A creative carpenter, Ron Moser, designed a way to build two bat houses into a single unit with a cavity in the center for the utility pole. Each pair of houses fits on top of its pole like a hat, held securely in place with a single, large bolt through the landing pads. More than 40 of these houses are now installed on the island, and velvety free-tailed bats (Molossus molossus) inhabit almost all of them.
“BCI has been there for me at every turn since the very beginning,” says Blumenthal. “I’m not a scientist, just an ordinary person, and yet I was encouraged and helped along at every step of the way. BCI sent my first slide show at no charge and funded Annie Band, a wildlife biologist who came here and conducted extensive research to help us identify our island species and understand what they need to survive. BCI also provided a Global Grassroots Conservation Fund grant of $500 that I stretched even further by spending it on educational supplies from BCI’s catalog. The National Trust for the Cayman Islands, a partner in many wildlife conservation initiatives, also received materials from this grant.”
While the news is mostly good from Cayman, Blumental worries about bats on other islands. “Though Caribbean islands share similar ecosystems and species,” she says, “communication among them is not easy. Travel to another island usually involves changing planes in the United States.” So she founded an Internet forum (Caribbean-bats@ yahoogroups.com) that lets over 50 members around the Caribbean communicate instantly, ask questions and share ideas and resources.
Island environments highlight the challenges facing bats and other wildlife worldwide. Here the land is clearly finite, and almost all impacts are magnified. Grand Cayman, largest of the three Cayman Islands, is a limestone outcropping just 22 miles (35.4 kilometers) long and 8 miles (12.8 kilometers) across at its widest point. When non-native species threaten wildlife or companies plan to dredge sensitive estuaries, there is no doubt of the consequences.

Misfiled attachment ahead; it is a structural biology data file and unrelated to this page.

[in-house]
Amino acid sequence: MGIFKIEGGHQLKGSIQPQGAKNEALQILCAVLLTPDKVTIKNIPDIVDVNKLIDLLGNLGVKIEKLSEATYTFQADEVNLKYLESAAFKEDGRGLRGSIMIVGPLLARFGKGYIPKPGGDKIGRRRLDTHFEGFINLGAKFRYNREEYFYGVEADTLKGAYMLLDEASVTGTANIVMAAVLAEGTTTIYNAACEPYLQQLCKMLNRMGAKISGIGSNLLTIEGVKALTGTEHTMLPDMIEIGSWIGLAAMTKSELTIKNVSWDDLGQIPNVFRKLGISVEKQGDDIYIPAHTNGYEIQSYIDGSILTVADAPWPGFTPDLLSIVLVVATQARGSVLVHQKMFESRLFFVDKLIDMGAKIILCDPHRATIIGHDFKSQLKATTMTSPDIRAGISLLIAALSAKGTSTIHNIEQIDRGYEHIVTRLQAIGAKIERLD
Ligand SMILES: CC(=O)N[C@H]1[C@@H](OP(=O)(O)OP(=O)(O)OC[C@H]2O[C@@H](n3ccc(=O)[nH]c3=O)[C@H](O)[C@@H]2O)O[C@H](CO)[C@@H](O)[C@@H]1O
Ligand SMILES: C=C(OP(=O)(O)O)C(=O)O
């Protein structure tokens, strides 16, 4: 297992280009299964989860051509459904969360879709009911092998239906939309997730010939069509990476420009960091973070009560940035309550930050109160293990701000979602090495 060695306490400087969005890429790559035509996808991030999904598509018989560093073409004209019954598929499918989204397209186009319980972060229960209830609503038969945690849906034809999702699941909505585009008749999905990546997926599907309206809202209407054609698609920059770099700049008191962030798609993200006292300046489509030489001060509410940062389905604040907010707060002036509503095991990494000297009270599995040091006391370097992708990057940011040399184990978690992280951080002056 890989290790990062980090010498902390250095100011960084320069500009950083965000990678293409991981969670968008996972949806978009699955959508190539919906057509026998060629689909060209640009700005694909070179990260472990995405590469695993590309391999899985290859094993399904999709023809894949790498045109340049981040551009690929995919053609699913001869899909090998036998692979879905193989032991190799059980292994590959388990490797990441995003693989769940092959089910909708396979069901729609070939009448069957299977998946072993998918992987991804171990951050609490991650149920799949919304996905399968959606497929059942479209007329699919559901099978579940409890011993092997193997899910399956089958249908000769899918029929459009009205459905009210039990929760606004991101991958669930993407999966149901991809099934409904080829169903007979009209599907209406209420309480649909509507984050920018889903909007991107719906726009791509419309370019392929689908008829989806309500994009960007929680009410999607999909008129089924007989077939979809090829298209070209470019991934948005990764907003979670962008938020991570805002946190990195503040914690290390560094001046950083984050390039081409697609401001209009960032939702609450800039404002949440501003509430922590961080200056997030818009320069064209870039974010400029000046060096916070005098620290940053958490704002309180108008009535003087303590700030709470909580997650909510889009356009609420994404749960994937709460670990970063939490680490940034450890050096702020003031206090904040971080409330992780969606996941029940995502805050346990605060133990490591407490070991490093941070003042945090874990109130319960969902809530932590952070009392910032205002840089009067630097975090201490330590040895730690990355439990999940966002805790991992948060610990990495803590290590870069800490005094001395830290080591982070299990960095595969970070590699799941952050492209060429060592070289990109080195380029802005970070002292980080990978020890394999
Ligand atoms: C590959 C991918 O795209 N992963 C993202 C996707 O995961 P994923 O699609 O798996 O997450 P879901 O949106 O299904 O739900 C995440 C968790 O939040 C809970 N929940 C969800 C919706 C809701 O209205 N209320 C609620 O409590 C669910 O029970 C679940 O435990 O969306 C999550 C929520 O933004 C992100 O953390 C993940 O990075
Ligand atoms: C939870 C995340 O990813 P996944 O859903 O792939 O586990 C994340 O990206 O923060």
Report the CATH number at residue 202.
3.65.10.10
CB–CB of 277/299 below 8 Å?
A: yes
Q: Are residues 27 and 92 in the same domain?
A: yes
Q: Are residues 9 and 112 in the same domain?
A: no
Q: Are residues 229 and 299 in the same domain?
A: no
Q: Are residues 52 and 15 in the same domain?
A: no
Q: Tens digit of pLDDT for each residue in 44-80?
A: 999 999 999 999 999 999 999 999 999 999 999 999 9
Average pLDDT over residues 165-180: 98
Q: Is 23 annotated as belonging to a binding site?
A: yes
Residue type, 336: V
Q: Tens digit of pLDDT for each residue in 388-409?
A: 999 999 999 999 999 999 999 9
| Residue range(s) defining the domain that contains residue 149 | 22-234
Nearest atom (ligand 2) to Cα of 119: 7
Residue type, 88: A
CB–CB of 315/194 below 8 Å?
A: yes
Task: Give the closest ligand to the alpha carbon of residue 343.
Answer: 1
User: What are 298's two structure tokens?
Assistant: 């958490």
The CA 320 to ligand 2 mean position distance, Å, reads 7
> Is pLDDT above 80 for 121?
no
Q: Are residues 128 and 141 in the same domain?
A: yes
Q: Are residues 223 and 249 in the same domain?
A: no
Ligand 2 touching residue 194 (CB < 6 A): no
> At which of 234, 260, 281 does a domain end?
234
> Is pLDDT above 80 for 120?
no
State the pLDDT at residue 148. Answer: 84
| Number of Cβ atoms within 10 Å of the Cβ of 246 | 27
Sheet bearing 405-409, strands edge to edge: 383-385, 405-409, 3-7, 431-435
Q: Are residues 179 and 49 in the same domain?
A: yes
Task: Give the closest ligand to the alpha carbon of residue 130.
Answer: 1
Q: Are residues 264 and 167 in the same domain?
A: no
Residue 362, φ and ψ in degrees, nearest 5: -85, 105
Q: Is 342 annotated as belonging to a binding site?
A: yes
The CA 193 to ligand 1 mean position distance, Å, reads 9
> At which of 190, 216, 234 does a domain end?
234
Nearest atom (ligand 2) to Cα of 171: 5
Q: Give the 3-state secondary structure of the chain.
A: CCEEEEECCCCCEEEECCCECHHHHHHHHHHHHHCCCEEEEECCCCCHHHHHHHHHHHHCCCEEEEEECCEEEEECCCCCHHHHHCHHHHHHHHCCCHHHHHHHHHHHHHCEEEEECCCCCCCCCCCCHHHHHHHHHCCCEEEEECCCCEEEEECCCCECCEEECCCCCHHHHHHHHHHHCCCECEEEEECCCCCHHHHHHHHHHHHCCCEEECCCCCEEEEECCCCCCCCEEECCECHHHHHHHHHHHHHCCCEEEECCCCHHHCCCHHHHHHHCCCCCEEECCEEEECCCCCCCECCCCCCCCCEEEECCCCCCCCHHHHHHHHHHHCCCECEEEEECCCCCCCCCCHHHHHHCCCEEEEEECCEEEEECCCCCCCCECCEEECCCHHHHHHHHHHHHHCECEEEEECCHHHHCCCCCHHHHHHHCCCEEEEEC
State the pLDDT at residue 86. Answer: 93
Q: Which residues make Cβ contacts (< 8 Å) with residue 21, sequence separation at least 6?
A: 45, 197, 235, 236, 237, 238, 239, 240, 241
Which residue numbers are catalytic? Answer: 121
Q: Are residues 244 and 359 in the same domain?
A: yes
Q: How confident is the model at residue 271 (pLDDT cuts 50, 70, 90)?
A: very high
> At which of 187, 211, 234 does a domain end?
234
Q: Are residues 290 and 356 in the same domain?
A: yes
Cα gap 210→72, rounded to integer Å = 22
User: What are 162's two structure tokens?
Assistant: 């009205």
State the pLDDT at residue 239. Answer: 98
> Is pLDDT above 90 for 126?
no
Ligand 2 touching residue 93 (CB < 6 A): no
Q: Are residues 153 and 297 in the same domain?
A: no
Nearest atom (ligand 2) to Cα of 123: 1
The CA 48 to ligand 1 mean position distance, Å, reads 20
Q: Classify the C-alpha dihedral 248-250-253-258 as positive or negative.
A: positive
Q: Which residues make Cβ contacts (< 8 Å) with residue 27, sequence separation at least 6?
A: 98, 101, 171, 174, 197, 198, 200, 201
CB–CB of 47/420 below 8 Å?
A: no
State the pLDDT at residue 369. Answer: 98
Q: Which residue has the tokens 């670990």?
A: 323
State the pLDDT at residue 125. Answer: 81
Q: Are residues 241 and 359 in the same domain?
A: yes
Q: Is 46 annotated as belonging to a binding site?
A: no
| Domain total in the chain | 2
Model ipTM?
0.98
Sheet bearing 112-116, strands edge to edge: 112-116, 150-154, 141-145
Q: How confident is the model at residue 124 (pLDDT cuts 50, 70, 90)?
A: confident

“Our bat-conservation program here became a model for the Caribbean,” Blumenthal says. “The challenge now is to make it clear that bat houses are not the entire answer. We have other species of bats here that are cave dwellers or that live in dense vegetation. Saving habitat for these bats is my biggest challenge today – especially in the Lower Valley Forest.”
This small, beautiful forest is home to five rare bats, including the white-shouldered or fig-eating bat (Phyllops falcatus), a species shared only with Cuba and Haiti. It had not been seen in Cayman since 1932 – until BCI member Annie Band visited Blumenthal and discovered a colony surviving there. “This little bat is entirely dependent on a few patches of ancient Ficus forest – and this is imminently threatened by development,” Blumenthal says. “These bats are slow, clumsy fliers that don’t like to go out across cleared land. They don’t fly high and fast like the free tails, so they are essentially marooned in their tiny remaining habitats.”
The Lower Valley Forest is also home to cave systems used by Waterhouse’s leaf-nosed bats (Macrotus waterhousii), the Grand Cayman subspecies of big brown bats (Eptesicus fuscus), buffy flower bats (Erophylla sezikorni) and some Mexican free-tailed bats (Tadarida brasiliensis). The forest and cave systems are dominated by large Ficus trees, a critical food source for bats, birds and other wildlife because they produce fruit year round.
“My job now is to save the forest and cave habitats,” she says. “The land in the Lower Valley Forest is valued at millions of dollars, so we’ll need to find a large donor who wants to save a rare ecosystem, including these extremely rare bats, before this land is hopelessly subdivided and cleared for housing.”
Enthusiasm and persistence can make the impossible possible, and Blumenthal has both in abundance, whether the task is saving a threatened forest, changing pest-control attitudes or convincing power companies and prisoners to create innovative solutions for bats. Back at Northward Prison, she unveils a cake and cookies to express her gratitude for the inmates’ hard work. She gives them a broad, approving smile and a quick good-bye. Then she’s off to tell another islander about the benefits of bats.